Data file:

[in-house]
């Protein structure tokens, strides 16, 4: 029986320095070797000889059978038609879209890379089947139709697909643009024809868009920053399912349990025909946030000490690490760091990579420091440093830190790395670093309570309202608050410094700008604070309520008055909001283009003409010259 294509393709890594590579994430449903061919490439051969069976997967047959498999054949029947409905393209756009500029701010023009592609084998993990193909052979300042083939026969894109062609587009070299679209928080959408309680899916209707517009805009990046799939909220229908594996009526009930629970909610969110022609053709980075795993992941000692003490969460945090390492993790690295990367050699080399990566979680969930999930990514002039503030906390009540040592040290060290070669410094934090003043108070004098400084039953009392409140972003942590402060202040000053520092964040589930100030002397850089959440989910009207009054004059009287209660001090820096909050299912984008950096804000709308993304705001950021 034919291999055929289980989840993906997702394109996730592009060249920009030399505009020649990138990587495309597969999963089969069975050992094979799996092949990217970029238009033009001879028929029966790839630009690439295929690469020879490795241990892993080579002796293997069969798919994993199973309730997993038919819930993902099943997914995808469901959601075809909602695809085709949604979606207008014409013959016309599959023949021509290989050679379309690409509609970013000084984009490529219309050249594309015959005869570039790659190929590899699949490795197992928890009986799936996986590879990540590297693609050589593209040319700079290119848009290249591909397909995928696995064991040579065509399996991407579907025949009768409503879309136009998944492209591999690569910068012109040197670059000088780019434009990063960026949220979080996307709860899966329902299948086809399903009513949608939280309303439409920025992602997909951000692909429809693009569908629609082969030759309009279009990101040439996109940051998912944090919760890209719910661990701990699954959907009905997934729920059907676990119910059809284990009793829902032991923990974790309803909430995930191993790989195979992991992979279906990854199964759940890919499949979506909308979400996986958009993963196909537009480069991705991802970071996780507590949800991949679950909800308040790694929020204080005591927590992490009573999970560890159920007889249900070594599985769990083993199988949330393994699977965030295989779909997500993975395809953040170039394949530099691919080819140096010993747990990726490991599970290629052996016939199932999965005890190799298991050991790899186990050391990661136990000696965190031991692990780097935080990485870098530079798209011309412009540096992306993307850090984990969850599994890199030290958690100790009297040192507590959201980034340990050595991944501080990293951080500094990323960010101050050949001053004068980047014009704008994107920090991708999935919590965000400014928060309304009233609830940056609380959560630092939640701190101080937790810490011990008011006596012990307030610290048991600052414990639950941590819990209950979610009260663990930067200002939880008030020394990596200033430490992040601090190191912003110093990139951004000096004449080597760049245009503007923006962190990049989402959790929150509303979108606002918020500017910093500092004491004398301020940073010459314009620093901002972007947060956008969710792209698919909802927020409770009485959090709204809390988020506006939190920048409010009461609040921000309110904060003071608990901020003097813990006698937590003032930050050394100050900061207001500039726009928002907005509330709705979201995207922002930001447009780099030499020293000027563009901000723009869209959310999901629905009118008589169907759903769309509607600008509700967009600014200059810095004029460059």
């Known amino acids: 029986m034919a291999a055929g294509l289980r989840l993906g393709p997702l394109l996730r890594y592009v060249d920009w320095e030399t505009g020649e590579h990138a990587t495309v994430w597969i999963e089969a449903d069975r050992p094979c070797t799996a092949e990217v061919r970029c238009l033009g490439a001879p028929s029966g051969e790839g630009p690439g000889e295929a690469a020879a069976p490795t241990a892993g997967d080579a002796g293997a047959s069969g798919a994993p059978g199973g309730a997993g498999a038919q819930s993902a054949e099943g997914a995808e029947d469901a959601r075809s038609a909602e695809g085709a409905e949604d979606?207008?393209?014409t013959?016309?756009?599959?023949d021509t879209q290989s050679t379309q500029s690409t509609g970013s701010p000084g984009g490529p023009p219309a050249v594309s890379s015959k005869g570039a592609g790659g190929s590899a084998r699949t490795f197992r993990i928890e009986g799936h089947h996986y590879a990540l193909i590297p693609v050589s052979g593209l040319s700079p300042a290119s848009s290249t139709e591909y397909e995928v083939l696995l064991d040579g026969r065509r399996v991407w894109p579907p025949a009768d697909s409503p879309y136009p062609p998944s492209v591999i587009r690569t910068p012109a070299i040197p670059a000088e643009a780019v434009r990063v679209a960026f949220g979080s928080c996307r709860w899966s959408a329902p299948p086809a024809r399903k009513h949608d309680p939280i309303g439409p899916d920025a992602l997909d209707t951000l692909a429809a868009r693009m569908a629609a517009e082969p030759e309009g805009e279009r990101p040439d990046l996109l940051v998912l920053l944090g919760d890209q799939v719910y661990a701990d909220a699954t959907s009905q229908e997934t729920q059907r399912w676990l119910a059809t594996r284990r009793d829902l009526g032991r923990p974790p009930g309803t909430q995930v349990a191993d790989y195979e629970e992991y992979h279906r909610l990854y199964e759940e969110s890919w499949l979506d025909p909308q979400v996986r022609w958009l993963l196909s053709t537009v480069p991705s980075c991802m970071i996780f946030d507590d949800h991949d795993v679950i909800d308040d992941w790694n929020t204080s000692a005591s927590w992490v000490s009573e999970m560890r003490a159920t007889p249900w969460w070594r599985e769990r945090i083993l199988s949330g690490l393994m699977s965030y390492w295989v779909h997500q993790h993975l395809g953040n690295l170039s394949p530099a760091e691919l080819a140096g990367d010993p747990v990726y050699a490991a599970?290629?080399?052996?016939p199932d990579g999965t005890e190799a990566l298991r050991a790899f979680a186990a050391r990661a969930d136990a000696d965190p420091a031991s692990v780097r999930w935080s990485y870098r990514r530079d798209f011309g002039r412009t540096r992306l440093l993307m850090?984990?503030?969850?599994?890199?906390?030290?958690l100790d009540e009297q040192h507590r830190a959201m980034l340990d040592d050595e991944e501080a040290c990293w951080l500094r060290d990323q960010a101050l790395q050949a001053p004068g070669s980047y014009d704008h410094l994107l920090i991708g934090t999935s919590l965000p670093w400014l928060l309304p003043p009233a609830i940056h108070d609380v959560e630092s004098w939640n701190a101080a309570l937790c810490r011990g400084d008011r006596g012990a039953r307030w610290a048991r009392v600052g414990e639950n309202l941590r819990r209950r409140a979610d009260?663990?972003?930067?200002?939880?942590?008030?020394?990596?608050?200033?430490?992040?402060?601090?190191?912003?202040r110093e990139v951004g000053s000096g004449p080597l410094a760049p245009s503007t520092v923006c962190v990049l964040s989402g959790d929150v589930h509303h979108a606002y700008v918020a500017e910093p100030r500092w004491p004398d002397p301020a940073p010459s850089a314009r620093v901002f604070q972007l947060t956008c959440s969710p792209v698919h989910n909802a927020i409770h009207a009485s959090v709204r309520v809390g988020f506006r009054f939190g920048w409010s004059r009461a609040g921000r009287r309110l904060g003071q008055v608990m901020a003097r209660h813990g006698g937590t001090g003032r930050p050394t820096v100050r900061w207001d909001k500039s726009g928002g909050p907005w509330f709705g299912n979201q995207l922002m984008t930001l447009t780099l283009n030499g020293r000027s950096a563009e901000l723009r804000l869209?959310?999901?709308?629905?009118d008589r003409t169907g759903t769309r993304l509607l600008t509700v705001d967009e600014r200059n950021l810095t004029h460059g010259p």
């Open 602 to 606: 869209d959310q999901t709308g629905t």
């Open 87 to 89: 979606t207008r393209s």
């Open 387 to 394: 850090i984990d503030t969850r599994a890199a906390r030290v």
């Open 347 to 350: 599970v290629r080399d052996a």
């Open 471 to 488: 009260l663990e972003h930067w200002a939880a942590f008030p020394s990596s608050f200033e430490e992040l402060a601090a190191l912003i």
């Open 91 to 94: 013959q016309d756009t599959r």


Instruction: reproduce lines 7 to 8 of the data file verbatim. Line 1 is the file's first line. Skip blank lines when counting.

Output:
């Open 347 to 350: 599970v290629r080399d052996a």
């Open 471 to 488: 009260l663990e972003h930067w200002a939880a942590f008030p020394s990596s608050f200033e430490e992040l402060a601090a190191l912003i």